How Joan Nathan Preps for Passover
5 Ways to Make It Memorable
Joan Nathan, Jewish food authority and James Beard award-winning cookbook author, designed our Passover Dinner for 8. Nathan’s book, King Solomon’s Table: A Culinary Exploration of Jewish Cooking from Around the World, is available in select stores or Amazon.com.
Every year, I happily host a big seder with family, friends and lots of delicious food. The meal can be as complicated or as simple as you like. At my own table, I like to combine tradition and innovation, reflecting our nation’s and the Jewish people’s immigrant heritage.
If anyone asked me for the secret to a good seder, I would say lists and lists! Don’t be a martyr. Say yes to flowers, yes to help setting your table or tables, and consider saying yes to a few dishes from my new book, King Solomon’s Table. You can order them from Whole Foods Market ready-made — all you have to do is heat and serve!
With that in mind, here are a few more tips to make your seder a memorable one:
The Seder Plate
To prepare my seder plate, the ceremonial dish used during the service that precedes the meal, I always buy several bunches of parsley to dip into saltwater to remind us of the tears shed. Next I buy dozens of eggs, one to be boiled ahead, then scorched with a match or roasted in the oven to remind us of the circle of life and the sacrifice in the Temple. You’ll need a shank bone to be burned or roasted (sometimes I do this ahead, then freeze until the seder), and of course, you’ll need fruits and nuts for the harosets, to remind us of the mortar used while the Jewish people were slaves in Egypt. I’m a bit ambitious, and like to make at least five different harosets, representing the wandering of the Jews who have kept up this custom all over the world. Lastly, I buy horseradish root to represent the bitterness of slavery.
Of course, as soon as there is a special on matzo, I buy a large case for the week, as well as a few individual boxes of egg matzo, which I like slathered with unsalted butter served sprinkled with salt on top. Also pick up your matzo meal for matzo balls and desserts.
Tip: Shop early for Passover staples, as they go quickly!
It is traditional to serve gefilte fish at my seder, but you certainly don’t have to. I love my homemade version – especially with a sweet-and-hot homemade horseradish sauce with beets. I start with fresh horseradish root, which I peel and grind in a food processor. Then I add beets, which gives the sauce a bright red color.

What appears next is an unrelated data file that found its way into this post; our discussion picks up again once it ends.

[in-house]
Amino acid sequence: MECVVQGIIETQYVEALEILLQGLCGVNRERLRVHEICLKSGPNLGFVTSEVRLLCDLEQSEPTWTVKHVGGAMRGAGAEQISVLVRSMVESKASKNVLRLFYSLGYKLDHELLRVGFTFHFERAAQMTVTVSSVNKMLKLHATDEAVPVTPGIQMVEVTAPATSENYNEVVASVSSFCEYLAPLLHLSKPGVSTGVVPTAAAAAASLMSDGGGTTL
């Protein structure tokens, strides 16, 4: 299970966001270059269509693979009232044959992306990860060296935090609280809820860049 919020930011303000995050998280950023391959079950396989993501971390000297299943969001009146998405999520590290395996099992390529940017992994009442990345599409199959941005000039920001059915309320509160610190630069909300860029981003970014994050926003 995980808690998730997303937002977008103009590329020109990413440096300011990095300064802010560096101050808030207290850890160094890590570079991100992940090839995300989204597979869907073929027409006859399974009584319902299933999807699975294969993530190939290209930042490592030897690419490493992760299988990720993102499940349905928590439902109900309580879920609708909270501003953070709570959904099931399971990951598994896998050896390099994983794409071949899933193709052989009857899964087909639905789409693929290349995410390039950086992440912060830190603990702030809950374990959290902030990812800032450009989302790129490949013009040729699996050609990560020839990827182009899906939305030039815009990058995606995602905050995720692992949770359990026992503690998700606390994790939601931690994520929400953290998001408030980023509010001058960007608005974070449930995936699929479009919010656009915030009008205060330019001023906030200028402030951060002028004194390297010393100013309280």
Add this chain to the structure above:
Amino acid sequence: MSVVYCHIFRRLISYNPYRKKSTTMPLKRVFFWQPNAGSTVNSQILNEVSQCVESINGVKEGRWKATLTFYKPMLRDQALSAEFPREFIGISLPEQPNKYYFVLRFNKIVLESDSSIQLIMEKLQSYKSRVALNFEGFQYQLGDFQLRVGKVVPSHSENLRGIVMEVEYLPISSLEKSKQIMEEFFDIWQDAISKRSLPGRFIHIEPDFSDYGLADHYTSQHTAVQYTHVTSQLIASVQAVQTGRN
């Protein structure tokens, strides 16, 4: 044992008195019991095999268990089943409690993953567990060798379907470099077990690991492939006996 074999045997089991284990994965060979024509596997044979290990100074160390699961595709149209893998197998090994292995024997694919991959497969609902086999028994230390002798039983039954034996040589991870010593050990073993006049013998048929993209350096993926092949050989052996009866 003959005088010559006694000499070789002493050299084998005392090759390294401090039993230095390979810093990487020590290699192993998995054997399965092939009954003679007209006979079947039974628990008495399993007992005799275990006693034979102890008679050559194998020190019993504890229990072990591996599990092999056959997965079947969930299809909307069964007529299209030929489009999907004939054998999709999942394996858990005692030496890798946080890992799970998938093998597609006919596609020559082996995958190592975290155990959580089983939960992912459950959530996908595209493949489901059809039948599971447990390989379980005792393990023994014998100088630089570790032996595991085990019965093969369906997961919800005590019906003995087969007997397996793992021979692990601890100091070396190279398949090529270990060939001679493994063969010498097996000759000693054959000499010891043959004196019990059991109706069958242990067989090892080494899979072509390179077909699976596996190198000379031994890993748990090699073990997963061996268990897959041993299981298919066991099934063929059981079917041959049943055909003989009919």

Tip: If you’re planning to make gefilte fish, order the fish in advance and ask to have it boned and skinned, then grind the fish in a food processor at home.
Matzo Ball Soup
You’ll want to buy chicken and fixin’s for chicken matzo ball soup. (Whole Foods Market carries Kosher Valley kosher chicken in select stores, and it is delicious.) Or use your favorite vegetable broth and veggies for a simple vegetarian matzo ball soup instead.
Tip: To save time, I clear away and clean space for Passover in my kitchen to cook the soup way in advance, and then freeze it. You can also make your matzo balls in advance — just float them in your soup, then freeze.
Ah, here is where I have trouble! What to do with all those different dietary restrictions? I serve brisket or chicken, a quinoa salad and lots of other seasonal make-ahead salads, like roasted peppers, asparagus and the Tunisian Carrot Salad that Whole Foods Market is offering. One dish I would like to make, but is very messy and time consuming, is Fried Artichokes Jewish-Style. Whole Foods Market’s chefs are making the authentic recipe that I found in Rome, so all you’ll have to do is pop it in the oven. All are colorful, seasonal and representative of the Jewish Diaspora. By having several dishes, everyone will find something to eat. Also, I like to use kosher meat and skip any dairy products during the meal, so I don’t offend guests who observe the dietary laws.
Tip: The beauty about these salads is that you can make them several days in advance. You can make your brisket ahead and freeze, then buy the Double-Lemon Roast Chicken this year from Whole Foods Market.
At my house, we have a buffet of old and new desserts including chocolate soufflé rolls and schaum torte (meringues) with strawberries. Some with us since the beginning of my love affair with Passover. Others are brand-new – after all, I am a food writer and always discovering new dishes.
Tip: Some tortes and cakes in the bakery department at Whole Foods Market can purchased ahead and then frozen at home. Ask a bakery team member for advice.